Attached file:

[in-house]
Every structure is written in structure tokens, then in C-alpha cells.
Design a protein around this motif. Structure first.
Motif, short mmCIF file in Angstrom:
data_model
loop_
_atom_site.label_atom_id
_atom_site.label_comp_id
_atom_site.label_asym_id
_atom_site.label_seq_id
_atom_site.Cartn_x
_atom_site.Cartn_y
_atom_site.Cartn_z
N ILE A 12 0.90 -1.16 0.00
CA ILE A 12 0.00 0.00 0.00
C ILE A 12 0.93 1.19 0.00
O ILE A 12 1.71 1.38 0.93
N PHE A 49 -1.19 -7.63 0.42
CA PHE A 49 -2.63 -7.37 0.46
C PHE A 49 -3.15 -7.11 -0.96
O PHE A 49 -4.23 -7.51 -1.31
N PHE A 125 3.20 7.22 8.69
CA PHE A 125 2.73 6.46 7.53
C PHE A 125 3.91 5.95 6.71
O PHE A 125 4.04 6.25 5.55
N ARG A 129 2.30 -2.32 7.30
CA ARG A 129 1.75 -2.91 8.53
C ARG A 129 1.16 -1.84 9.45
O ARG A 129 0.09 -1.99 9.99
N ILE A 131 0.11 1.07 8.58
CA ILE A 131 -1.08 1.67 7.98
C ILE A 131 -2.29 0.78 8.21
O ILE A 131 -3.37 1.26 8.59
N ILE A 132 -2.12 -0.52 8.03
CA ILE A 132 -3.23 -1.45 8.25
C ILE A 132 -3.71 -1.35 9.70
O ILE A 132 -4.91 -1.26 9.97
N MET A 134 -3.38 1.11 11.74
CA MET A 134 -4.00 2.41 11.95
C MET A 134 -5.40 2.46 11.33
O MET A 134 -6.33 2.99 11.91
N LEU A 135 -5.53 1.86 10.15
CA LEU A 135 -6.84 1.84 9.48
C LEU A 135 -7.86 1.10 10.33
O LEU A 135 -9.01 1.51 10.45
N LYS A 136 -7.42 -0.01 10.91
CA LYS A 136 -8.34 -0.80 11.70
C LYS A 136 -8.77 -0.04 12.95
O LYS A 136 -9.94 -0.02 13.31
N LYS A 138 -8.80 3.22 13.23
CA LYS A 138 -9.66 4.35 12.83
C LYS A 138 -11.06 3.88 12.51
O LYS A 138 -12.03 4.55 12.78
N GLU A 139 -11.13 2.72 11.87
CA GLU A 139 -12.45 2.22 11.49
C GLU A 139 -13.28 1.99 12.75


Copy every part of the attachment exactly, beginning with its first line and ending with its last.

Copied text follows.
[in-house]
Every structure is written in structure tokens, then in C-alpha cells.
Design a protein around this motif. Structure first.
Motif, short mmCIF file in Angstrom:
data_model
loop_
_atom_site.label_atom_id
_atom_site.label_comp_id
_atom_site.label_asym_id
_atom_site.label_seq_id
_atom_site.Cartn_x
_atom_site.Cartn_y
_atom_site.Cartn_z
N ILE A 12 0.90 -1.16 0.00
CA ILE A 12 0.00 0.00 0.00
C ILE A 12 0.93 1.19 0.00
O ILE A 12 1.71 1.38 0.93
N PHE A 49 -1.19 -7.63 0.42
CA PHE A 49 -2.63 -7.37 0.46
C PHE A 49 -3.15 -7.11 -0.96
O PHE A 49 -4.23 -7.51 -1.31
N PHE A 125 3.20 7.22 8.69
CA PHE A 125 2.73 6.46 7.53
C PHE A 125 3.91 5.95 6.71
O PHE A 125 4.04 6.25 5.55
N ARG A 129 2.30 -2.32 7.30
CA ARG A 129 1.75 -2.91 8.53
C ARG A 129 1.16 -1.84 9.45
O ARG A 129 0.09 -1.99 9.99
N ILE A 131 0.11 1.07 8.58
CA ILE A 131 -1.08 1.67 7.98
C ILE A 131 -2.29 0.78 8.21
O ILE A 131 -3.37 1.26 8.59
N ILE A 132 -2.12 -0.52 8.03
CA ILE A 132 -3.23 -1.45 8.25
C ILE A 132 -3.71 -1.35 9.70
O ILE A 132 -4.91 -1.26 9.97
N MET A 134 -3.38 1.11 11.74
CA MET A 134 -4.00 2.41 11.95
C MET A 134 -5.40 2.46 11.33
O MET A 134 -6.33 2.99 11.91
N LEU A 135 -5.53 1.86 10.15
CA LEU A 135 -6.84 1.84 9.48
C LEU A 135 -7.86 1.10 10.33
O LEU A 135 -9.01 1.51 10.45
N LYS A 136 -7.42 -0.01 10.91
CA LYS A 136 -8.34 -0.80 11.70
C LYS A 136 -8.77 -0.04 12.95
O LYS A 136 -9.94 -0.02 13.31
N LYS A 138 -8.80 3.22 13.23
CA LYS A 138 -9.66 4.35 12.83
C LYS A 138 -11.06 3.88 12.51
O LYS A 138 -12.03 4.55 12.78
N GLU A 139 -11.13 2.72 11.87
CA GLU A 139 -12.45 2.22 11.49
C GLU A 139 -13.28 1.99 12.75